Artificial Intelligence is easily the hottest term in HR Tech. All the categories — Sourcing, ATS, HCM, assessments, video interviewing — are feverishly looking for ways to inject AI and machine learning into all of their products. There is a great benefit to automating a lot of the tedious, time-consuming tasks on the plate of recruiters.
Sourcing and matching candidates to positions can consume vast amounts of time, so using AI to do the heavy lifting makes a lot of sense. However, people don’t get hired until a manager makes a decision. It starts with convincing an aloof candidate to talk to a recruiter, but it ends with a manager pulling the trigger.
No amount of advanced technology can convince a candidate to return your call or have a manager agree with your recommendation on a candidate.
When we first released TechScreen in 2015, our users all had the same reaction: “You need to talk to the person who manages the recruiters.” We were excited to have someone using our product, so we didn’t do micro-analysis of their reaction; we thought it was natural. However, we found that utilization varied from client to client and recruiter from recruiter. The utilization was based on each individual recruiter’s perception of how vital it was to “screen” an IT candidate technically.
Some recruiters, especially senior ones, would say, “I am very comfortable talking to software engineers, so I don’t need this tool.” Others would decide that they didn’t want to add another step to their process. In either case, the recruiter was completely missing the boat.
Our tool is all about elevating the level of engagement with the hiring manager.
It makes no difference if you work for an IT staffing firm, an RPO or a TA department who hires a lot of IT candidates. TechScreen gives you tool that helps you more effectively engage with managers, who typically rely exclusively on their gut to determine who gets a phone screen or an invitation on site. TechScreen gives recruiters a tool that lets them change the conversation with hiring manager, who gets to pick the questions or add their own.
The Q&A site Quora posed a question a few years ago: “Why is it hard to connect with software engineers when you are a recruiter”, and there were tons of replies but one stood out:
“By understanding technology better, recruiters would add more value both to the companies they are recruiting for and the people they are recruiting.”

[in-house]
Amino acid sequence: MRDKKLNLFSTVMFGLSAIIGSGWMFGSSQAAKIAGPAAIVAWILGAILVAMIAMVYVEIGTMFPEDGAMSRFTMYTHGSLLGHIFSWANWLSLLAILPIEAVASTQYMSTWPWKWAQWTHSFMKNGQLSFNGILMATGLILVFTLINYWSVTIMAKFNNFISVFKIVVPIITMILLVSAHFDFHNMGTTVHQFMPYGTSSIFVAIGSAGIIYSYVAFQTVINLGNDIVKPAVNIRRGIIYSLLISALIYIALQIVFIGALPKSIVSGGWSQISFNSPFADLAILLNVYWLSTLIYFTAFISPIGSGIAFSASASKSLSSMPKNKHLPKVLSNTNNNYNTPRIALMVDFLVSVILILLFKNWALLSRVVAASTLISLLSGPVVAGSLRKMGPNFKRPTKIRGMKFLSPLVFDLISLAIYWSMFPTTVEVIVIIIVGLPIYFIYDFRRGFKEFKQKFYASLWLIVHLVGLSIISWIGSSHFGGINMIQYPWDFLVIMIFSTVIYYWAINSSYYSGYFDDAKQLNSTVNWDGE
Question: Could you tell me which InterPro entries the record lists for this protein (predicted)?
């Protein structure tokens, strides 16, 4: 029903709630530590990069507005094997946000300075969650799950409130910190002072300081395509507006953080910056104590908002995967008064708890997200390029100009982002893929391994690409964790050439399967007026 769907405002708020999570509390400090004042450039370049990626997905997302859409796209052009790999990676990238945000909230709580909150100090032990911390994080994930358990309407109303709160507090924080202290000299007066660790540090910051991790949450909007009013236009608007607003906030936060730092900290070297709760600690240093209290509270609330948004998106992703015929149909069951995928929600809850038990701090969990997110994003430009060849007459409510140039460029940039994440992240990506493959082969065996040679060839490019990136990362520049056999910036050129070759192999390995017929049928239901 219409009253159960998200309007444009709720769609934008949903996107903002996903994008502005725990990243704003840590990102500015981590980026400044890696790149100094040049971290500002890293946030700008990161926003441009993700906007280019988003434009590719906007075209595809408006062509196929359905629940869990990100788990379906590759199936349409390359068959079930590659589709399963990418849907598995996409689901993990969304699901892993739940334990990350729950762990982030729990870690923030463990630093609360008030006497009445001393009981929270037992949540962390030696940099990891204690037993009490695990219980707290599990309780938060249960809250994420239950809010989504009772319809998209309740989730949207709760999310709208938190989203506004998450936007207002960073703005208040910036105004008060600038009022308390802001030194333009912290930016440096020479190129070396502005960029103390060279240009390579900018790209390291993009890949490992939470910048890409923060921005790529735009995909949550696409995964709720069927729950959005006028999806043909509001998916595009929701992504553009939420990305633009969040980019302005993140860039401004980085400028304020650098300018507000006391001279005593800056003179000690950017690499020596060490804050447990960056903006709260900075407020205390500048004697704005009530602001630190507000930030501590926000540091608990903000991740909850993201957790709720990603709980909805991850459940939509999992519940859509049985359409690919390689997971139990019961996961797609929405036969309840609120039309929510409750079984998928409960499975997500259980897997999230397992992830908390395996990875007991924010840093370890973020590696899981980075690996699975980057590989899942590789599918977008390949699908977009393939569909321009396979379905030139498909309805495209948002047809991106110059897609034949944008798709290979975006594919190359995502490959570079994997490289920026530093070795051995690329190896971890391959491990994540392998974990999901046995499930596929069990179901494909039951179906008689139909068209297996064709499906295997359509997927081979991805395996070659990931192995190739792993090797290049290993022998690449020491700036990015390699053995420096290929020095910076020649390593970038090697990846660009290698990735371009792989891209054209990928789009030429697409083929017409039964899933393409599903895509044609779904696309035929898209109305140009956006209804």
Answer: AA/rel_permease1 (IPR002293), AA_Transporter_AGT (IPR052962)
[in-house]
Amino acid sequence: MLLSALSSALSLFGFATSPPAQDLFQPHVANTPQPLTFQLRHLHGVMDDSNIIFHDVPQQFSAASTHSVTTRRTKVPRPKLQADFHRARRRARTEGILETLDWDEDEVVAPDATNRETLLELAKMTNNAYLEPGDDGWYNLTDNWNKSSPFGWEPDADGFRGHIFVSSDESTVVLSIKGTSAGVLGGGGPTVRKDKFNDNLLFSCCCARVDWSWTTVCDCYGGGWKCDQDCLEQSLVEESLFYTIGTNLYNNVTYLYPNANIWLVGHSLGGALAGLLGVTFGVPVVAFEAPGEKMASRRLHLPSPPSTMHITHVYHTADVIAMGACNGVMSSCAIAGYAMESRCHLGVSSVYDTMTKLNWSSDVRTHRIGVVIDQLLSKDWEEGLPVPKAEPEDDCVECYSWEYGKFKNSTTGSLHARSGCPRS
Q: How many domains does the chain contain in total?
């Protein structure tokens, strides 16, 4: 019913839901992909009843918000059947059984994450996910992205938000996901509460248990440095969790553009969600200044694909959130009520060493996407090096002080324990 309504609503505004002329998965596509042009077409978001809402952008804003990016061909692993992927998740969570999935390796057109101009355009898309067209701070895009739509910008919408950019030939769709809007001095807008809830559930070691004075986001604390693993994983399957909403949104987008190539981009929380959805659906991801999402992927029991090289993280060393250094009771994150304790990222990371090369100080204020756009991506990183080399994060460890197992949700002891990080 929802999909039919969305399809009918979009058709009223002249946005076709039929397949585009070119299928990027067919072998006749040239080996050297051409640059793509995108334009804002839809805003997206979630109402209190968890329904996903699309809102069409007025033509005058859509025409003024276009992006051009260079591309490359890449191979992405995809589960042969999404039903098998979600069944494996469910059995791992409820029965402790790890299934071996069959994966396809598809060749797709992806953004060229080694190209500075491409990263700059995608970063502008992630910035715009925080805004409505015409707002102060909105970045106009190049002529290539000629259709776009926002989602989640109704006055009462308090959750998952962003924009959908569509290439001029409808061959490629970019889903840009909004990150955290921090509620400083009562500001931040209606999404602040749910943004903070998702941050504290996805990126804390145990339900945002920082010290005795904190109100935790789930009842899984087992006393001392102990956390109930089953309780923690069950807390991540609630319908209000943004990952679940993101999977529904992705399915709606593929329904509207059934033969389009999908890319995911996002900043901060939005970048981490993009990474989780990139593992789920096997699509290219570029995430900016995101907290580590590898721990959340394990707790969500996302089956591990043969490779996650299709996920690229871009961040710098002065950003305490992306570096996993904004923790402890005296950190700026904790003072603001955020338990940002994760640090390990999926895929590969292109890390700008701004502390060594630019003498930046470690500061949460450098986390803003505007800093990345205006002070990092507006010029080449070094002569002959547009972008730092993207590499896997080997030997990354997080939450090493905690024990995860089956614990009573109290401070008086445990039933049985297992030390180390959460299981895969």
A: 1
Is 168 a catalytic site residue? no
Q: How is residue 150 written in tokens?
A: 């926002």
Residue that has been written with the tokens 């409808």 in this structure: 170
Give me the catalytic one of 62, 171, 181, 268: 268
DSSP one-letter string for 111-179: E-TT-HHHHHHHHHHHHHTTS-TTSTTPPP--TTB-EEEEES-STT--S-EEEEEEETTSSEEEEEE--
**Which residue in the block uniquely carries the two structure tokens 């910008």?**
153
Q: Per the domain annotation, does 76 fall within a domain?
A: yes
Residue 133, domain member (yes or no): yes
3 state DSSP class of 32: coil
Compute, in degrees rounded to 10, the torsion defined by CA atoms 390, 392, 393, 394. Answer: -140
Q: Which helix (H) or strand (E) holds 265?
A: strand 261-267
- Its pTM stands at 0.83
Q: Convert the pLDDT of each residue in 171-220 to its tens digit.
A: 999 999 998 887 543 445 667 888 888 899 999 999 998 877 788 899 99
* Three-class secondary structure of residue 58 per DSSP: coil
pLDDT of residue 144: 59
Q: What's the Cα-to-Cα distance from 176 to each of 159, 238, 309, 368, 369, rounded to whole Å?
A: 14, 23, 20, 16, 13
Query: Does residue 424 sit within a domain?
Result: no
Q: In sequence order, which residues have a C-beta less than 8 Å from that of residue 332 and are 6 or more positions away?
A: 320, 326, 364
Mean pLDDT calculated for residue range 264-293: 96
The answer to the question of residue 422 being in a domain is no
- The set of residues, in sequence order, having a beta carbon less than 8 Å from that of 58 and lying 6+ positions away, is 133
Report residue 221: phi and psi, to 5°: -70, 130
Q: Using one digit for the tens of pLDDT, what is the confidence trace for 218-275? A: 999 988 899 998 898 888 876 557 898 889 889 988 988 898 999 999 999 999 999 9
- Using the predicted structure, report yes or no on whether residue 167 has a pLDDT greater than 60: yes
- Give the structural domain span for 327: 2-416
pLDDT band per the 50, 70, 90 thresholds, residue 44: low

This observation was made by Jon Bischke, the CEO and Founder of Entelo, an industry leading sourcing tool. This is someone who intimately understands the audience and space. Bischke’s sentiment is exactly why TechScreen exists.
In my own consulting career, I have seen the impact of having a hiring manager trust my recommendations. I have seen this at The MathWorks, Pegasystems and Akamai Technologies. It wasn’t based the particular questions I would ask; the managers trusted the recommendation because of a track record of results.
The best example of this happened with an Engineering Director at Akamai. I had a Bay Area software engineer who needed to relocate to Boston for family reasons. His performance in my technical screen was exemplary and I shared the feedback with the Director. I told him that he should feel free to do his own screen before springing for airfare and a hotel, but he seemed fine and moved ahead with an interview without screening him personally.
Four years later, that software engineer is still there.
I began my career in the newspaper industry and they have a saying when a reporter puts the key detail deep into the story. It is called “Burying the lead.”
We buried the lead, too. TechScreen is all about enabling a higher level of engagement with managers, giving them more reason to trust your recommendations. A manager is far more likely to speak to a candidate who did well on an interview they helped shape. Imagine if every req you worked involved a session where you and the manager reviewed and picked precise questions that tapped the deliverables of their req. How much more invested would that manager be? How much more likely will they be to give a candidate with an average resume a shot because they crushed an interview they helped define?
Recruiters can become a true consultant and talent advisor by re-defining how they interact with the managers they support.
Recruiters have a thankless job. Their pipelines often get thinned by managers who capriciously reject candidates who didn’t graduate from the right school or have the right collection of buzzwords. We want to help them place more candidates because they create a track record of trust based on reliable recommendations to the manager.
No amount of AI will convince a manager to interview your candidate, but now recruiters are armed with a tool that lets them make trusted recommendations to managers who were already a part of the conversation.